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Remembered Today:

"Accidental Death" — BARKUS


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Shmorganzola

Pte William Joseph BARKUS (266679) served in multiple regiments according to his MIC. He died in the 10th Bn Welsh Regiment on the 18th Sept 1917, and is buried at Y FARM MILITARY CEMETERY, BOIS-GRENIER.

 

His death is recorded as 'Accidental' on a couple of sources:

  • Army Registers of Soldiers' Effects.
  • The WO Weekly Casualty List, 4th Dec 1917.

 

The 10th Bn War Diary states that they were at Fleurbaix (south of Ypres) and that his death day was a 'peaceful' one.

 

Questions

  1. Are there any other source(s) I might be missing to clarify how he died (sniper, friendly-fire, weapon malfunction, suicide)?
  2. If I were to order his death certificate, would this reveal anything?

 

I strongly suspect that nothing can be gleaned, but thanks if you can help.

 

Regards,

 

Ant

 

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ss002d6252
19 minutes ago, Shmorganzola said:

If I were to order his death certificate, would this reveal anything?

Possibly but there's no guarantee as they typically show only minimal details.

 

21 minutes ago, Shmorganzola said:
  1. Are there any other source(s) I might be missing to clarify how he died (sniper, friendly-fire, weapon malfunction, suicide)?

If it's not noted in the diary then, unless you can find a service record, you may be out of luck.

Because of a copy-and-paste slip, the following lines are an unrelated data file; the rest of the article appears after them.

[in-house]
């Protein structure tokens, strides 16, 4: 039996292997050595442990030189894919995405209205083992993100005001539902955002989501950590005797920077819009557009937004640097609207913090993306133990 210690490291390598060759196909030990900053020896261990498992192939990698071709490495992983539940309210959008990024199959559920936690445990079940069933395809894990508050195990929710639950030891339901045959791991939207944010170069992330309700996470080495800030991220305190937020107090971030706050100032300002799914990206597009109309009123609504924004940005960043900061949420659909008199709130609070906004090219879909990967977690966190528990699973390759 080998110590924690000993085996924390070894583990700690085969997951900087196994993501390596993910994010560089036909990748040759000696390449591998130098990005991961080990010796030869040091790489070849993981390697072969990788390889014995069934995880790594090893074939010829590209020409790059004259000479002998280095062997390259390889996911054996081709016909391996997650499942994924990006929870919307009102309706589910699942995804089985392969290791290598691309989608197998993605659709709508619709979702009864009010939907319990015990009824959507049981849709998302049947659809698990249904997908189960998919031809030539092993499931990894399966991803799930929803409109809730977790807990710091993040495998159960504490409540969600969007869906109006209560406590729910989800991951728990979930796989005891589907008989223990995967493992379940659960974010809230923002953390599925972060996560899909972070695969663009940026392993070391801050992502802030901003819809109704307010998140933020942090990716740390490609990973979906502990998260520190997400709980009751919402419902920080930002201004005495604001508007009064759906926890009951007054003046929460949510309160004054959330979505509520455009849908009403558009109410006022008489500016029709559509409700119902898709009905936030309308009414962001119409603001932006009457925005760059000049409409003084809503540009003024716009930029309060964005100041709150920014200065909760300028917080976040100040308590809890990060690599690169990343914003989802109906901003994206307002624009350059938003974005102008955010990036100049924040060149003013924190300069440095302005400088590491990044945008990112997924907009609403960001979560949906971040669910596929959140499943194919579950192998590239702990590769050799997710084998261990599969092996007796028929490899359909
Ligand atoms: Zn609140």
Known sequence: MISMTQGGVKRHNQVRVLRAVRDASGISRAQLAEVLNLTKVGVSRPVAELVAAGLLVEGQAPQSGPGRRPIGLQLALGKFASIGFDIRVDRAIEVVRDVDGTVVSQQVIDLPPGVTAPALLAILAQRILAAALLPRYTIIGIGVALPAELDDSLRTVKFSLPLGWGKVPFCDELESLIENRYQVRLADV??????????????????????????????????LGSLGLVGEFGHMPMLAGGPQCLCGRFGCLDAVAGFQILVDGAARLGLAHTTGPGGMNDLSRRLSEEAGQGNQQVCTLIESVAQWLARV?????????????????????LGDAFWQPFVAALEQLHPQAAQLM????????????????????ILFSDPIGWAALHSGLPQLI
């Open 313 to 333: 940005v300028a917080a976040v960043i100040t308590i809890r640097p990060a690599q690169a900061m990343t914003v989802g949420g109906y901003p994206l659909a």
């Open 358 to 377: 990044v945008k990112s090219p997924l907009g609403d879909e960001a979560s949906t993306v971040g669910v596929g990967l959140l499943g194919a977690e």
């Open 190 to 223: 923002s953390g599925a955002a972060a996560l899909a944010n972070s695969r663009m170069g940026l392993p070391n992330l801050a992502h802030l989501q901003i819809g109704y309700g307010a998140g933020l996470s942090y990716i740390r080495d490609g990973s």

Craig

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Shmorganzola

Thanks Craig, pretty much as I feared, but appreciate the thought (no, there is no Service Record either).

 

Regards,

 

Ant

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Matlock1418
49 minutes ago, Shmorganzola said:

Are there any other source(s) I might be missing to clarify how he died (sniper

His Pension Card [thanks to WFA/Fold3] records "Killed in Action"

Sniper - would be generally be classed as KiA as enemy related

"Accidental" death - would seemed to be non-enemy related

= ???

:-/ M

Edited by Matlock1418
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voltaire60

A very interesting problem which has beset me before.  British officialdom, let alone Army officialdom, has a long tradition of euphemism and covering up stuff by the use of bland phrases. I give 2 examples below from my own local casualties

11) A 17 year old private in 1/18th Londons (London Irish) who was officially "Killed in Action" near the Hohenzollern Redoubt on Christmas Eve 1915 - a British mine was detonated under the German lines and the plan was for London Irish to rush forward and occupy the lip of the new crater.  Slight problem was that a section of men, including the local lad were smothered by falling mud from the explosion. The War Diary hedges its words to make it appear that the men were killed in the rush to secure the lip of the crater-rather than drowned in mud.

     The giveaway source here was an account of the London Irish in the front line kept by another soldier-available on the London Irish website. I would suggest that a search for any contemporary accounts  might be useful- roughly a 50-50 chance.